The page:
Political scientist Samuel Huntington expressed in 1995 that "the honesty and efficiency that Senior Minister Lee has brought to Singapore are likely to follow him to his grave".
Are we finally seeing this come to fruition only four years after the death of Singapore's founding prime minister Lee Kuan Yew?
As Singapore is a hub for trade and investments from multinational corporations, efficiency is an integral part of our economy.
Yet it seems that time and time again, Singapore has fallen short in this regard, be it breakdowns in our MRT or delays in national service and the healthcare sector, despite attempts by the Government to reduce inefficiency.
Despite the multitude of websites through which to book an appointment in advance, there are still long waiting times at polyclinics.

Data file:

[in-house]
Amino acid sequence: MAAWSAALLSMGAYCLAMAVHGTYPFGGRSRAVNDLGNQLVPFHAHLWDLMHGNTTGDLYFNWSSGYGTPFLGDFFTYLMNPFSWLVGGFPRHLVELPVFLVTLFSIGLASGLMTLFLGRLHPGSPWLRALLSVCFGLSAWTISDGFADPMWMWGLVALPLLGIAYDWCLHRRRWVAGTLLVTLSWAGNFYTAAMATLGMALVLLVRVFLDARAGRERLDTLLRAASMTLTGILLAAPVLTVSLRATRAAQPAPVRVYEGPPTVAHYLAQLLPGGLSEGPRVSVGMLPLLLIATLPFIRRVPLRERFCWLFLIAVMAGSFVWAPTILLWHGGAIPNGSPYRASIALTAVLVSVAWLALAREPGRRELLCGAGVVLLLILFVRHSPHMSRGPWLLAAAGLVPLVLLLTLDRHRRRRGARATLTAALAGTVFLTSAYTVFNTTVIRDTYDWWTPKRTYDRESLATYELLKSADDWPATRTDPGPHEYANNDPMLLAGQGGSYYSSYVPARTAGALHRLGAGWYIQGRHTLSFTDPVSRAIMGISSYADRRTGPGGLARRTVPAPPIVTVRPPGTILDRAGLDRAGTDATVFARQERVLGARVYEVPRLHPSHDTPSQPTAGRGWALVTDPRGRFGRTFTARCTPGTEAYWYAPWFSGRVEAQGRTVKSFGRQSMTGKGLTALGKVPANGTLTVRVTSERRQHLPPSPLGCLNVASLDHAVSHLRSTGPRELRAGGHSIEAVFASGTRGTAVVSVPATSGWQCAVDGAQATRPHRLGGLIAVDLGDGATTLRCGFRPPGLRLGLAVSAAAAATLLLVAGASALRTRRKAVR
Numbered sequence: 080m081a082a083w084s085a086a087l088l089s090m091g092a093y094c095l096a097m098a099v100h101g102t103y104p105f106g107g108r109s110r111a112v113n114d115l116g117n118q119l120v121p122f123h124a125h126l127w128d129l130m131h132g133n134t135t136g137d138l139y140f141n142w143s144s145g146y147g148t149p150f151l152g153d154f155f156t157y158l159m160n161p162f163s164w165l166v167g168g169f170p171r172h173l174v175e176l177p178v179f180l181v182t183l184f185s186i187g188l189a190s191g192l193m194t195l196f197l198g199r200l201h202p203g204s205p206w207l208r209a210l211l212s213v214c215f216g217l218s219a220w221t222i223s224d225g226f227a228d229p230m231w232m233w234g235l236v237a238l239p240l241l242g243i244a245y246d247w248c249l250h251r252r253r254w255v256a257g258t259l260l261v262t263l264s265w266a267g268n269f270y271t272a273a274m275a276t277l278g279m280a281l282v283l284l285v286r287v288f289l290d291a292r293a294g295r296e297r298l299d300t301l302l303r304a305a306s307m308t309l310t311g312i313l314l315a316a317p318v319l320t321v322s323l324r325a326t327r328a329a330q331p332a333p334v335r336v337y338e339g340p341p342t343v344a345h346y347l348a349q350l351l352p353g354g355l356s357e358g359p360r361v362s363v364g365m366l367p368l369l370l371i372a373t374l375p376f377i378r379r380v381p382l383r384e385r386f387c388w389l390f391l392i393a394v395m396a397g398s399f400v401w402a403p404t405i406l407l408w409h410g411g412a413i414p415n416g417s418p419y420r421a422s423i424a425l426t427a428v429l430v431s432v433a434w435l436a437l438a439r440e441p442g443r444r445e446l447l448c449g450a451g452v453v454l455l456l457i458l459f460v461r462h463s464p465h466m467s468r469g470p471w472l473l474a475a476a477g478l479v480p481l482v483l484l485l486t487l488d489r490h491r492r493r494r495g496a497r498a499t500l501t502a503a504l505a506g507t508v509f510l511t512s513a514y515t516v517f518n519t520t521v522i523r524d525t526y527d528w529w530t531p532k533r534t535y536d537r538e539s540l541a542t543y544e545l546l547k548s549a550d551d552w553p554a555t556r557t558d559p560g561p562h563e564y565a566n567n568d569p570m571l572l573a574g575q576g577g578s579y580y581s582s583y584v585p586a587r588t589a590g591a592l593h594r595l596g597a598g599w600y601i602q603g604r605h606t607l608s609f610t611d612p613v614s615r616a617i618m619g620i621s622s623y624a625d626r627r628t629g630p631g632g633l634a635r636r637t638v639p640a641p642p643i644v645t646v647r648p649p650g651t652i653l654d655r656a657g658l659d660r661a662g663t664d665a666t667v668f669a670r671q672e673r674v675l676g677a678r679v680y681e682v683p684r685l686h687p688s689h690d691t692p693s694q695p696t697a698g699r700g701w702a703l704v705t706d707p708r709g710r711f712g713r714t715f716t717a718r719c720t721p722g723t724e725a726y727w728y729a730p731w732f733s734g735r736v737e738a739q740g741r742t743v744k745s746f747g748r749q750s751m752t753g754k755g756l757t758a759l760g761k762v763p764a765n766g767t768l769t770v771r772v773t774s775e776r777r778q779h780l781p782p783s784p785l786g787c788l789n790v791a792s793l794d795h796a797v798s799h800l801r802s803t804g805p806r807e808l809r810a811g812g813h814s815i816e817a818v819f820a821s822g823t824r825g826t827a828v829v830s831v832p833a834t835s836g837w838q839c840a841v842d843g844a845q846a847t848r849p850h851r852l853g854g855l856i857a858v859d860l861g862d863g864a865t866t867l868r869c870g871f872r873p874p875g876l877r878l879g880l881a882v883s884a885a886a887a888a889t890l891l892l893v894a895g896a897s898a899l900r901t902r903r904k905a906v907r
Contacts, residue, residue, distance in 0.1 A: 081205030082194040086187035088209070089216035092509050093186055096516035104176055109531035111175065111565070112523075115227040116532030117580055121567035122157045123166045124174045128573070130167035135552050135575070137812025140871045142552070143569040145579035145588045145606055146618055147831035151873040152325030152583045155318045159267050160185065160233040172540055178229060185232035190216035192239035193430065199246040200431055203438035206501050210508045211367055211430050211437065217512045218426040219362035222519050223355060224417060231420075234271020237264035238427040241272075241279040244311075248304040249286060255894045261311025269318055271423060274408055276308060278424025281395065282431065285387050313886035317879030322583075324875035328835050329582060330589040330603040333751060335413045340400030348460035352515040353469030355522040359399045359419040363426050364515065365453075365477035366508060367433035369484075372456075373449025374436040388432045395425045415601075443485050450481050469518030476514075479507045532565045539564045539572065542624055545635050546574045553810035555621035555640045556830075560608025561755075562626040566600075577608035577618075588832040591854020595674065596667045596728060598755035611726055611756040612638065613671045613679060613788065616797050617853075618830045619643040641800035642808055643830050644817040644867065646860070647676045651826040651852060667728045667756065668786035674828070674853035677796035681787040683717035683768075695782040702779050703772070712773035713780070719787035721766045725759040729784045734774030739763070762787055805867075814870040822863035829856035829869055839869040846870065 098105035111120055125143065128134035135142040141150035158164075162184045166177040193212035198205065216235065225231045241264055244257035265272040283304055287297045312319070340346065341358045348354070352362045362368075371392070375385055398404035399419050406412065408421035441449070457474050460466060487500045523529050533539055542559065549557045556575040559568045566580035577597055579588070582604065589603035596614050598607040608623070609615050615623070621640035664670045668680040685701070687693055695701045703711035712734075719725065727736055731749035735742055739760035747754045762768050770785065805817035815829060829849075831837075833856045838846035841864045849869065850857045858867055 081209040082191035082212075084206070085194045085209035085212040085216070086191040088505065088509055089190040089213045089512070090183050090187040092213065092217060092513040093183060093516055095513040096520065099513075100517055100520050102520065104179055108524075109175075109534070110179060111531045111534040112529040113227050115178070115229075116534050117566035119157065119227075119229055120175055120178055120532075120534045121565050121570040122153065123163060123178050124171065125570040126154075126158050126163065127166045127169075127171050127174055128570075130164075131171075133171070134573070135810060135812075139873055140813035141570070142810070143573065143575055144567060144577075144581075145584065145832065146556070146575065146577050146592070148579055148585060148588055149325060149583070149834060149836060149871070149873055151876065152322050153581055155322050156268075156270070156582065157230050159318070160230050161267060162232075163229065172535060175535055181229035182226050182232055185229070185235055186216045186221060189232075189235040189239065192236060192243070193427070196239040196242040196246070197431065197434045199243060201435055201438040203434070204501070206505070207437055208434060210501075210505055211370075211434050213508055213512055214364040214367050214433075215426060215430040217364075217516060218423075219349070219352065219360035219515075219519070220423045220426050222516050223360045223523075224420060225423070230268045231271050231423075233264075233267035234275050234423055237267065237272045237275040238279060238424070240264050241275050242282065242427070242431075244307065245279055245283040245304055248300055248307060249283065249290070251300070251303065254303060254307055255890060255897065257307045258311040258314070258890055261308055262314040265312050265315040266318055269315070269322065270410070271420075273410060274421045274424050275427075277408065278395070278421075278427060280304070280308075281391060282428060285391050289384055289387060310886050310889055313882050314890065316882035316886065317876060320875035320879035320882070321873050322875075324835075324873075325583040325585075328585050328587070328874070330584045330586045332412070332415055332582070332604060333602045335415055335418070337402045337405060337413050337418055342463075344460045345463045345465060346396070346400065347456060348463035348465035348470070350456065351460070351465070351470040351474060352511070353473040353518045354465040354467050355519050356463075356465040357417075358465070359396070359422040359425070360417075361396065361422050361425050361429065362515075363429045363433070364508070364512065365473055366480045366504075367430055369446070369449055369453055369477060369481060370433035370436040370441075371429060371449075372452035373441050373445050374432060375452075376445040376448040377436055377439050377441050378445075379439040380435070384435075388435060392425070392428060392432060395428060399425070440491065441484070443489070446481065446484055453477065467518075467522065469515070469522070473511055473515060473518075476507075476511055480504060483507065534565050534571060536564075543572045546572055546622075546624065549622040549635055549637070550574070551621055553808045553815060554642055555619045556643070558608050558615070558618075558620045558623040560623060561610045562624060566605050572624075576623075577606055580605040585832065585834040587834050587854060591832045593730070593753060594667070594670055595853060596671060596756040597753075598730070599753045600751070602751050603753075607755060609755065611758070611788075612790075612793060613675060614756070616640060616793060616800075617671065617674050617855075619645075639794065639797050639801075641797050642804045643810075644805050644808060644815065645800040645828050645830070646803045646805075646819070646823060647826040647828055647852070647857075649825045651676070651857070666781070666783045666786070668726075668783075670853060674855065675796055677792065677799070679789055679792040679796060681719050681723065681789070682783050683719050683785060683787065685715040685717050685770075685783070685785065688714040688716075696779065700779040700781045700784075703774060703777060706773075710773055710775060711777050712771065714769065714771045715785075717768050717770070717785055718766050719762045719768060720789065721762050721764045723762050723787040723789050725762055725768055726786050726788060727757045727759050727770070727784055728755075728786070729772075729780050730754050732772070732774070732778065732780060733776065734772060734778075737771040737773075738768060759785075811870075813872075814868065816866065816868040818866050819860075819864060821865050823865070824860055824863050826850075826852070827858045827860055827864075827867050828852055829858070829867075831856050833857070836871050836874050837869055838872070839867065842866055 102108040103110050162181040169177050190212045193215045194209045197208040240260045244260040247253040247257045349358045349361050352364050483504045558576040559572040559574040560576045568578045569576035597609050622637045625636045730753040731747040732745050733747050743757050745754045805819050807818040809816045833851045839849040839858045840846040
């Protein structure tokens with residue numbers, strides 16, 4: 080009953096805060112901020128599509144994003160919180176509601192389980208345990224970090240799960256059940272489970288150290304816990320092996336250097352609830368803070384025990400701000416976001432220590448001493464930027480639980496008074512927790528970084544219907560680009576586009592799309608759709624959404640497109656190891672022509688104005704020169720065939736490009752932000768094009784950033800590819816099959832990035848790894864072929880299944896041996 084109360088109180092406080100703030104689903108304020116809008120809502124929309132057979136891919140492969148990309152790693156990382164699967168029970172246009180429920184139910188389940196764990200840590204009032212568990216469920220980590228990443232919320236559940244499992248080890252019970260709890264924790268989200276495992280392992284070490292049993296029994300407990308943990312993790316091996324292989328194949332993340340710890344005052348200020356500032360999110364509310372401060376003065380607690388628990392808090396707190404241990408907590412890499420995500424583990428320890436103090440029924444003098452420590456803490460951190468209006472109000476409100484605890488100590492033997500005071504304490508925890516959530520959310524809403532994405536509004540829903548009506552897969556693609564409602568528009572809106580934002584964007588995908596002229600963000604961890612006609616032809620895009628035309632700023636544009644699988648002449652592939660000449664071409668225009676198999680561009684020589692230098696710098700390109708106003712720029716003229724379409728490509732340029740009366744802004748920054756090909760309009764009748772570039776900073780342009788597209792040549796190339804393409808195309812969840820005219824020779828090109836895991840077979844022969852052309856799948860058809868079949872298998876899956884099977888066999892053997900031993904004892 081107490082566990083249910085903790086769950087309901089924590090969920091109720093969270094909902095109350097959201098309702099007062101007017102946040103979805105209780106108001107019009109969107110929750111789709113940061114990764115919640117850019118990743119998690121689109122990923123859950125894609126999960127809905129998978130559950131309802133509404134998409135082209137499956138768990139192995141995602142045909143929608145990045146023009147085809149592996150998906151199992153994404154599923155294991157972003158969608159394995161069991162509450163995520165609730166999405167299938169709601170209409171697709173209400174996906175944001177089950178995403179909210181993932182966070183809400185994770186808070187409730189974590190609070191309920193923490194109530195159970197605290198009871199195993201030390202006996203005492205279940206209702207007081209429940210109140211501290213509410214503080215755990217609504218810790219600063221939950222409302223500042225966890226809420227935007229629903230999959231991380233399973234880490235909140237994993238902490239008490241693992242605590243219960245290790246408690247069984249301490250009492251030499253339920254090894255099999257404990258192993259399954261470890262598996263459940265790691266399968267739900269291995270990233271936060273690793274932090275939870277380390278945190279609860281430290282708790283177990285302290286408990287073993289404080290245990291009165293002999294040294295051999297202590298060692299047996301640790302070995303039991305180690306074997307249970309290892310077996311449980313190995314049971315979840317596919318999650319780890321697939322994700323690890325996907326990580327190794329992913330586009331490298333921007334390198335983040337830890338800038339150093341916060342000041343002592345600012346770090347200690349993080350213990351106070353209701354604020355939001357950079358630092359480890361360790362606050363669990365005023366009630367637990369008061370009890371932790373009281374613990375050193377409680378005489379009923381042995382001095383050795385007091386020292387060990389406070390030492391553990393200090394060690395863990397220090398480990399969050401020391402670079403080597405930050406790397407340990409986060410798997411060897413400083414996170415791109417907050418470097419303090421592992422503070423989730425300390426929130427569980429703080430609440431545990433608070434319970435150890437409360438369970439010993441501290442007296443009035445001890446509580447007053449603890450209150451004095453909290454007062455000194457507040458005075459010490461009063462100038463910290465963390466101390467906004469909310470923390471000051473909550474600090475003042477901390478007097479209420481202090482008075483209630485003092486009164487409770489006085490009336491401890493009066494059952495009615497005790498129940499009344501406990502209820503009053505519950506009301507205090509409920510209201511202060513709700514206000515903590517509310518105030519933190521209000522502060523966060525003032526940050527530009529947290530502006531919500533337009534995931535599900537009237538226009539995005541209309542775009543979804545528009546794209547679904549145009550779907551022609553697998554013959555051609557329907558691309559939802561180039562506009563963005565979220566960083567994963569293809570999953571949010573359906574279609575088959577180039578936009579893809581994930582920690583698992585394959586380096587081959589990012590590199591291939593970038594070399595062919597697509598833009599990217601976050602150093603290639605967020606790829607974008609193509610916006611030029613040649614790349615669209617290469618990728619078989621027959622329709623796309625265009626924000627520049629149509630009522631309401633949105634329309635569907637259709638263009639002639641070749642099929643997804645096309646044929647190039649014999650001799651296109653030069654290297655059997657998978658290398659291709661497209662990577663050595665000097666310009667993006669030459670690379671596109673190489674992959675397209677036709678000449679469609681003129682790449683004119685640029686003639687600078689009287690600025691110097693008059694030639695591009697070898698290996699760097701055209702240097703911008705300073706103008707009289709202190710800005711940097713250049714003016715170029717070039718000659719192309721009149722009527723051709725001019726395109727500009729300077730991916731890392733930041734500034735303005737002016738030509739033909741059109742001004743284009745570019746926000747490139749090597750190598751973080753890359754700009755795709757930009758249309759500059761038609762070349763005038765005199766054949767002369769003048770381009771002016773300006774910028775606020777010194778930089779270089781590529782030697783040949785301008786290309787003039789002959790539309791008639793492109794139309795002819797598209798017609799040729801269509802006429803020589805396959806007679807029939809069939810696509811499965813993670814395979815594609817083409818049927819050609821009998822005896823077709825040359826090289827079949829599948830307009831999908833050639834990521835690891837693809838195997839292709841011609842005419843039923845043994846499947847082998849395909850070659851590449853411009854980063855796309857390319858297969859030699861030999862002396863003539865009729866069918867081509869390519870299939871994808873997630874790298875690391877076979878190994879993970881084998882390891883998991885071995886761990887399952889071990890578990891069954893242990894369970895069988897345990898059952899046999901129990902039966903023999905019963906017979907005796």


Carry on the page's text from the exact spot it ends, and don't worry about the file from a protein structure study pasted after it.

In his 2010 National Day Rally speech, Prime Minister Lee Hsien Loong spoke of "a sense of purpose and efficiency because then the NSmen can feel that I am going there, I am achieving something, I have done it, I am off, no slacking around, no standing around and waiting", which is "what all government departments must learn to do".
But this is in stark contrast to reality, which sees many full-time national servicemen and pre-enlistees held up during the medical review process as they wait for their Letter of Identity (LOI) to be posted to them or faxed over to the hospital or clinic.
I have found myself stuck in a hospital for half a day or more waiting for my LOI to arrive, despite making calls in advance and on the day itself.
With such inefficiency happening even within government bodies, how then can we stand tall and call ourselves efficient?
Is Singapore living up to Professor Huntington's predictions with the death of our efficiency?
Caleb Tan Jie Ming, 18
JC 2 student